Israel maintains a long list of items it restricts for entry to Gaza on the pretense they are “dual-use.” The list contains basic items needed for industry like wood and lacquer for the furniture sector, as well as machinery and spare parts.
- Allow exit of processed foods and other goods to Israel and the West Bank
Processed foods (including ice cream and cookies!) and other goods manufactured can exit abroad and transit through Israel and the West Bank, but not be sold in Israel or the West Bank. Why? Who knows. At various points security and phytosanitary arguments were made about exit of goods in general and these then disappeared…it’s not clear why some goods can exit and others can’t.
- Allow travel of laborers
The last laborers to exit Gaza for work in Israel did so in April 2006. Despite the fact that local councils are pushing for laborers to be able to exit Gaza for work in agriculture near the Strip, this has not happened yet.
- Renew blocked trader permits and issue more
Currently there are only 703 valid trader permits, for those seeking to enter Israel and the West Bank for the purposes of trade. At one point there were some 3,600 permits valid and the quota remains for 5,000 permits but permits weren’t granted, and still many others weren’t renewed or were blocked for unclear ‘security reasons’ as part of a larger trend.
- Expand criteria for travel for professional opportunities
The criteria for who can request a permit to travel for professional opportunities are exceedingly narrow. They don’t take into account women and young people, who are more highly represented in the civil society sector or work as entrepreneurs and small business owners. It takes all kinds of economic activity and the participation of many to make a healthy economy.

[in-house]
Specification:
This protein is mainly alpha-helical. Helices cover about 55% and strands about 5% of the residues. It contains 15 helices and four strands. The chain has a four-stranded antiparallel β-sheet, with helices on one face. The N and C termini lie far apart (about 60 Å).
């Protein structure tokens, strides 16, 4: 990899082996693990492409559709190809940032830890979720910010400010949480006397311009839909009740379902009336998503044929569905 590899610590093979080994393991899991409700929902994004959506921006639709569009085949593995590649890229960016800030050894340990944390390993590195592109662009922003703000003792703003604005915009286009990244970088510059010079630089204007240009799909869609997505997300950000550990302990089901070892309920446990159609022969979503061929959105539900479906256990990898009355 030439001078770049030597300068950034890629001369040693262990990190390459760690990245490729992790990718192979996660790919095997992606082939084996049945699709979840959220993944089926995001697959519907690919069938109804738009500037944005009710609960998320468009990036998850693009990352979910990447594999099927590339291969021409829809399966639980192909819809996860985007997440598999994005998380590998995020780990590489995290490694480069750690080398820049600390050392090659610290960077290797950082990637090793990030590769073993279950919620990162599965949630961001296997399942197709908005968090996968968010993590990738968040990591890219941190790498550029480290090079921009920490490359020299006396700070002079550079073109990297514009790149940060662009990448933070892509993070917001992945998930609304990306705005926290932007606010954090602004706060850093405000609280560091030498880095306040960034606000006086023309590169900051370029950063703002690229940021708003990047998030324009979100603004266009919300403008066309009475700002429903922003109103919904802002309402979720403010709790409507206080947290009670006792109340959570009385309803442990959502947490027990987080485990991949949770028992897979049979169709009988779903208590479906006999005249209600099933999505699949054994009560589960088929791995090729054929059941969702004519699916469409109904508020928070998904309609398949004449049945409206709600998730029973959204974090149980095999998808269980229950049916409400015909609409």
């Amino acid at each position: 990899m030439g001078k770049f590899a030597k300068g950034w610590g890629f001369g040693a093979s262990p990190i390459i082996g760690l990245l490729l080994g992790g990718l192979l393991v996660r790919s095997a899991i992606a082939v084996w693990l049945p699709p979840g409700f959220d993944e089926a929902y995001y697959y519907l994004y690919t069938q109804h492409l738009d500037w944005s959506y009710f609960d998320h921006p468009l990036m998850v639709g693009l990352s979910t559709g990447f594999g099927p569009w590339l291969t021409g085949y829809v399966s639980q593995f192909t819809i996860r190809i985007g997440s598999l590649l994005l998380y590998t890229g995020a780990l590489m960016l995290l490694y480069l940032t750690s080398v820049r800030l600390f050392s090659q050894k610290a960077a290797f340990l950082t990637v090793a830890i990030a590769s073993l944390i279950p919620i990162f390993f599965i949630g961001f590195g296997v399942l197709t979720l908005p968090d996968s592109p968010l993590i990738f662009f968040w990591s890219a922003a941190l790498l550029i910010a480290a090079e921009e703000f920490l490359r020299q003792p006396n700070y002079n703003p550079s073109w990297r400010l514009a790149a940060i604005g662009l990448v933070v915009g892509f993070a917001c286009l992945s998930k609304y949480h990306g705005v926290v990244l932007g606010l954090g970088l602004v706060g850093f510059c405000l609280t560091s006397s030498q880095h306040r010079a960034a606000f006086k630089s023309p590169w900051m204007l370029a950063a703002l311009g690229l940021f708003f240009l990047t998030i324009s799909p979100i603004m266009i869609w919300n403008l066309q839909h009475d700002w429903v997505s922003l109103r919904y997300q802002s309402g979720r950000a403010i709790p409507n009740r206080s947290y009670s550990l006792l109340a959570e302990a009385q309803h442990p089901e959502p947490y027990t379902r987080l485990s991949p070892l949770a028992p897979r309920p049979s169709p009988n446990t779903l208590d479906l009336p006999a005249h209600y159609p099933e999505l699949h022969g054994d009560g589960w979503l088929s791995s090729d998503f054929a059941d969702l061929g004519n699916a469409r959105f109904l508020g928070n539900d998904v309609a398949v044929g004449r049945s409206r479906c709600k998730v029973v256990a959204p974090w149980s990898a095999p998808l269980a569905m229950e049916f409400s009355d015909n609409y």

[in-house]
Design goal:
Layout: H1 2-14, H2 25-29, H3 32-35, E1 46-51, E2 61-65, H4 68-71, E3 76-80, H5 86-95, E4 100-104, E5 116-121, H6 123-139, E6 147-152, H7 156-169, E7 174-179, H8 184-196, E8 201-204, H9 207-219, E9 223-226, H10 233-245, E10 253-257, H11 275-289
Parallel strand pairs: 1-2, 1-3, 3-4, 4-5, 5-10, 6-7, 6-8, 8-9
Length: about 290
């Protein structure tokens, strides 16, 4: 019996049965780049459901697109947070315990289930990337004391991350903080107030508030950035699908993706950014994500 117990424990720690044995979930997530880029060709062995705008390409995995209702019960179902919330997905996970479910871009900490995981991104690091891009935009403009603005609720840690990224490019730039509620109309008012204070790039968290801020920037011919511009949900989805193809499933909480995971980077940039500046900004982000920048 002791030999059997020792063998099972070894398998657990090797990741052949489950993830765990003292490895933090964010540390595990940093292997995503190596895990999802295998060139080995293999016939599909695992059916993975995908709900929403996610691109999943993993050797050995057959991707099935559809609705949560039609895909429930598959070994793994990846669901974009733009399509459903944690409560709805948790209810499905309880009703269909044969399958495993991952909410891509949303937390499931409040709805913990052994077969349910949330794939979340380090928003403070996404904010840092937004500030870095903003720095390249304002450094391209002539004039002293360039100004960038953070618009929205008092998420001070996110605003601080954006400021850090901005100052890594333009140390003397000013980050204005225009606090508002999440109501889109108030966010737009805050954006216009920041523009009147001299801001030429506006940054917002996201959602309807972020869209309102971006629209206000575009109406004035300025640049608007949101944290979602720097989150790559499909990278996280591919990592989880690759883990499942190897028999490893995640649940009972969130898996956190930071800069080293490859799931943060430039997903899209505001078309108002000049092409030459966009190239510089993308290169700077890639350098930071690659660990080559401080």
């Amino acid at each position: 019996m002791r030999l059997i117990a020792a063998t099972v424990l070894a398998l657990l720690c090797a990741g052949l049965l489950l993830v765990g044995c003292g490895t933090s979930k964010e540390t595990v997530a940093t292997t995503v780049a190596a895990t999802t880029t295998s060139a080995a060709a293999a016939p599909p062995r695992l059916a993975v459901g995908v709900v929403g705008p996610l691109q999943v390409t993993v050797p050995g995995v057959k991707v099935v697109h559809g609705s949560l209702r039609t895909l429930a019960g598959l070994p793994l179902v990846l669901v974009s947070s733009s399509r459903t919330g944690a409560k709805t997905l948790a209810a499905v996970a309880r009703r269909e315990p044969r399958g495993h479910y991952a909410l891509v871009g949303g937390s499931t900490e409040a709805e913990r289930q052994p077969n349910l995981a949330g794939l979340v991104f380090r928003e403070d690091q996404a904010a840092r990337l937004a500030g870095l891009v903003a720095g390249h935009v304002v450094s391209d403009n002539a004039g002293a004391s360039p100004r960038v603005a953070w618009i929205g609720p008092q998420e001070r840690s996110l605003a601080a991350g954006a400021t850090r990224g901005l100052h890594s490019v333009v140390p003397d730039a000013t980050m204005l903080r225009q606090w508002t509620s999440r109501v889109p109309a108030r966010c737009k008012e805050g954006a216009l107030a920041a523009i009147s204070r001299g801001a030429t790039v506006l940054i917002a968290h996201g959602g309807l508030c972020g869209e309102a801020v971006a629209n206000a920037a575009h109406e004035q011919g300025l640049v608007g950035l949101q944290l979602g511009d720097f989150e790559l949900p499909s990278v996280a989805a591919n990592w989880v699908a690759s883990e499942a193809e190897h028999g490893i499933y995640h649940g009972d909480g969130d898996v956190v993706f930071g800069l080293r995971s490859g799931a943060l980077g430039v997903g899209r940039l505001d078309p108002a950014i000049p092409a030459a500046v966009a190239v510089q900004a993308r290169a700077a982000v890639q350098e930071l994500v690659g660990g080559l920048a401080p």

- Improve conditions at Kerem Shalom Crossing
For years, Israeli and Palestinian traders have lobbied the authorities to improve conditions at the Kerem Shalom Crossing, the only commercial crossing for all of Gaza’s two million residents. They are asking for things like creating shaded and refrigerated areas to shield produce from the elements and to increase the allowed height of items stacked on trucks to improve cost-effectiveness.
- Stop the harmful practice of confiscations at Kerem Shalom Crossing
We have heard about a number of incidents in which goods purchased by traders to be brought into Gaza are confiscated for a variety of reasons. In some cases, the goods aren’t returned, causing devastating losses to Gaza’s already small and over-stretched business community.
- Remove restrictions to sea and land-restricted areas
Israel maintains control of areas within Gaza’s territorial waters, limiting fishing to six nautical miles (other than at certain times of year when it allows nine miles) from shore and to an area of land inside the Strip up to 300 meters from the border (though the exact area isn’t clear). The manner in which the restrictions are enforced harms lives and livelihoods: these areas are vital for the fishing and agricultural industries. Israel has also sprayed herbicides in the land-restricted areas, damaging crops.